State pension UK: DWP updates claiming process as forms are removed – full details
Martin Lewis discusses state pension underpayments
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State pension income is currently split into basic and new categories and to receive the old style of payments, a claimant will need to be born on or before April 6 1951 if they’re a man or, April 6 1953 if they’re a woman. People born after these dates will receive the new state pension, which currently pays out up to £179.60 per week.
Today, the DWP updated the claiming rules for state pensions which specifically affects those born after the 1950s cut offs.
It is now no longer possible to get a state pension claim form for those born on or after April 6 1951 (men) or 1953 (women) on the Government’s website.
The form is no longer available online and instead, the accessible online service can be used, or a paper copy of the form can be requested.
The new state pension can only be claimed by those who have at least 10 years of National Insurance contributions underneath their belt.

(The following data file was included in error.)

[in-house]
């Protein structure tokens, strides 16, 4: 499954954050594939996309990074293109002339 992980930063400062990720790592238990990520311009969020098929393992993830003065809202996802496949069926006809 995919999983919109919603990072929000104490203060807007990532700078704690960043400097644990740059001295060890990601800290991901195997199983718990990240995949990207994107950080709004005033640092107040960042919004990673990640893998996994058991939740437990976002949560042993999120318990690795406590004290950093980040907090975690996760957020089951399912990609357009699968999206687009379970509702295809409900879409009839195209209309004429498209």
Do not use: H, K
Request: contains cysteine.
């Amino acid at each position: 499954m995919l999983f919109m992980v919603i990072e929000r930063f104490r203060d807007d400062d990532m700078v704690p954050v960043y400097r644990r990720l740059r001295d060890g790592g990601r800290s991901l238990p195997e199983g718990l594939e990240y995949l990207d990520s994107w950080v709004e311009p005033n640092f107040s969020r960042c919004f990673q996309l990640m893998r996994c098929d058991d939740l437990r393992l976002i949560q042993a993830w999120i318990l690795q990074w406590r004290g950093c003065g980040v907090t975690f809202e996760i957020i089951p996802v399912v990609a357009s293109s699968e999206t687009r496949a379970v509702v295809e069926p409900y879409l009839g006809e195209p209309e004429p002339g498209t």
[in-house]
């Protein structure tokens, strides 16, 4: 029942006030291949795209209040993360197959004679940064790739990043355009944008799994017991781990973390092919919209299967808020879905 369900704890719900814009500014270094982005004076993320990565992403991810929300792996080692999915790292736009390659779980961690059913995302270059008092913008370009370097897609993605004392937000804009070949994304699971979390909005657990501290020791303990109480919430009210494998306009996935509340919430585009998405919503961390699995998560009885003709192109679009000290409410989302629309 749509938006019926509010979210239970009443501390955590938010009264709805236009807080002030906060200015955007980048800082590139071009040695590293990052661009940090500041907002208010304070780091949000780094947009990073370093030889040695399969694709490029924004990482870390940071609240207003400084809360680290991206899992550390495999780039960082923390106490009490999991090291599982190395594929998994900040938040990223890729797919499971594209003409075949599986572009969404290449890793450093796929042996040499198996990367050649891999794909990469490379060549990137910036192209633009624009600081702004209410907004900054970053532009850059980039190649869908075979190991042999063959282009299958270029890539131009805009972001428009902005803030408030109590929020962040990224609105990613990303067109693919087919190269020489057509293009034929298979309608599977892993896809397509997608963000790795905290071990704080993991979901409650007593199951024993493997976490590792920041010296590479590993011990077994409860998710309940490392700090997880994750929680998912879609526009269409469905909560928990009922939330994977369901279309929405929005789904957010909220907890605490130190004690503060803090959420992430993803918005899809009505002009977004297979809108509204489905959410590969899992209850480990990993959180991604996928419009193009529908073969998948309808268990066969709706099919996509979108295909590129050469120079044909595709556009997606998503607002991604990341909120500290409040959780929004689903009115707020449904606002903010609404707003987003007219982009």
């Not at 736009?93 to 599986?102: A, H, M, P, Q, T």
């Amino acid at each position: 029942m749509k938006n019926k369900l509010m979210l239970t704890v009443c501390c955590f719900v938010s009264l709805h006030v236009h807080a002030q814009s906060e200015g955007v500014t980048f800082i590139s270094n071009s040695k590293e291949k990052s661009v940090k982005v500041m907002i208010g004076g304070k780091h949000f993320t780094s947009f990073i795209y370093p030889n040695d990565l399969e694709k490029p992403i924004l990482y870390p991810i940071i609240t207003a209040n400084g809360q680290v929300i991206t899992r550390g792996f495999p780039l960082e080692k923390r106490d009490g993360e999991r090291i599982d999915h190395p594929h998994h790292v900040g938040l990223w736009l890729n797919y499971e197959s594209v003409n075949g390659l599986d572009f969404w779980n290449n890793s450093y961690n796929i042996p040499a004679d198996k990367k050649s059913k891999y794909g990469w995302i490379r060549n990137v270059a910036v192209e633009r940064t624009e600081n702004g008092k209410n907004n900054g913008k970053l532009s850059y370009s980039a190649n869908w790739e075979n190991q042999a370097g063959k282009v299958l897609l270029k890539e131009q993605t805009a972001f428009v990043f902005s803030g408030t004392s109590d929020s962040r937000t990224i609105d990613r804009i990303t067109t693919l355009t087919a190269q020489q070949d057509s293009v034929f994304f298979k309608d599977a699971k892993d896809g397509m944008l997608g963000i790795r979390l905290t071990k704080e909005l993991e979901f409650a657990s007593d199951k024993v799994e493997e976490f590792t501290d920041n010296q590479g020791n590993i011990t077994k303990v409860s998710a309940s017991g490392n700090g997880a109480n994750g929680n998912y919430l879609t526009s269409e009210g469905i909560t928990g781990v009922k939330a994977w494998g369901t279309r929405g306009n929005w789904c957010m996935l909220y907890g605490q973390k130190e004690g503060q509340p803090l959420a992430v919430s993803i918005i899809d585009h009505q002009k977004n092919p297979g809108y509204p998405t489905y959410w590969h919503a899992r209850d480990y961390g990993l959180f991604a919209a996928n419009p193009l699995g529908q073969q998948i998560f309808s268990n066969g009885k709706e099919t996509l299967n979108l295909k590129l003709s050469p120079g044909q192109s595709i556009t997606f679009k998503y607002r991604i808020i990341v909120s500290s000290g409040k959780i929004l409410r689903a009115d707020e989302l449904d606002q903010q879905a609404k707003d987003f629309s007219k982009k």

To receive the full amount, at least 35 years will be needed.
Claims for a state pension can be made up to four months before a person reaches their state pension age.
The Government details the quickest way to get a state pension is to apply online.
However, the DWP and/or the Pension Service can be called for assistance.
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State pensions can only be claimed from a certain age and currently, this is 66 for most people.
However, the Government has a schedule in place to increase this age over the coming year.
Under the current plans, the state pension age will be increasing to 67 between 2026 and 2028.
Beyond this, it will rise to 68 by 2046.
It should be noted state pensions can be claimed even if a person decides to keep working.
Additionally, state pension claims can be deferred and if this is done for long enough, the eventual payments can even be boosted.
A state pension will increase for every week it is deferred, so long as the deferral lasts at least nine weeks.
The payments will increase by the equivalent of one percent for every nine weeks of deferment.
This works out at just under 5.8 percent for every 52 weeks.
The extra amount will be paid with the regular state pension payments.
Deferred state pensions can also be claimed online.
Full details on all state pension rules can be found on the Government’s website and impartial guidance can be sought from the likes of Citizens Advice and the Money Advice Service.
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